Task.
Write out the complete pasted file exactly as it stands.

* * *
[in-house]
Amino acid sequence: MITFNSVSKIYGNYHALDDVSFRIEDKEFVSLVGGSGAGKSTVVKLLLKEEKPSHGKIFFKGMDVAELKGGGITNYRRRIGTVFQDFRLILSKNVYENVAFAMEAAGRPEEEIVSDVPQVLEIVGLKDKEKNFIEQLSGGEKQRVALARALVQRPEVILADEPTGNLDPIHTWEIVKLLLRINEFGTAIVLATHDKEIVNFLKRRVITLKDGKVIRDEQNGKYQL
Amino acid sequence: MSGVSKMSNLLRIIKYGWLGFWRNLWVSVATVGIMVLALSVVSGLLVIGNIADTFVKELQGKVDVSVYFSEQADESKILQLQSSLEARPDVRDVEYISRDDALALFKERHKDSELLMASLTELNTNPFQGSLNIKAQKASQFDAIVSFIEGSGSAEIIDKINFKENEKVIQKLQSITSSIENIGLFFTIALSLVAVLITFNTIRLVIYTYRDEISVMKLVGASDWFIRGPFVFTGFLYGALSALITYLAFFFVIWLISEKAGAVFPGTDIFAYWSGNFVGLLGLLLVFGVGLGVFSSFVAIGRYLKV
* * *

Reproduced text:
[in-house]
Amino acid sequence: MITFNSVSKIYGNYHALDDVSFRIEDKEFVSLVGGSGAGKSTVVKLLLKEEKPSHGKIFFKGMDVAELKGGGITNYRRRIGTVFQDFRLILSKNVYENVAFAMEAAGRPEEEIVSDVPQVLEIVGLKDKEKNFIEQLSGGEKQRVALARALVQRPEVILADEPTGNLDPIHTWEIVKLLLRINEFGTAIVLATHDKEIVNFLKRRVITLKDGKVIRDEQNGKYQL
Amino acid sequence: MSGVSKMSNLLRIIKYGWLGFWRNLWVSVATVGIMVLALSVVSGLLVIGNIADTFVKELQGKVDVSVYFSEQADESKILQLQSSLEARPDVRDVEYISRDDALALFKERHKDSELLMASLTELNTNPFQGSLNIKAQKASQFDAIVSFIEGSGSAEIIDKINFKENEKVIQKLQSITSSIENIGLFFTIALSLVAVLITFNTIRLVIYTYRDEISVMKLVGASDWFIRGPFVFTGFLYGALSALITYLAFFFVIWLISEKAGAVFPGTDIFAYWSGNFVGLLGLLLVFGVGLGVFSSFVAIGRYLKV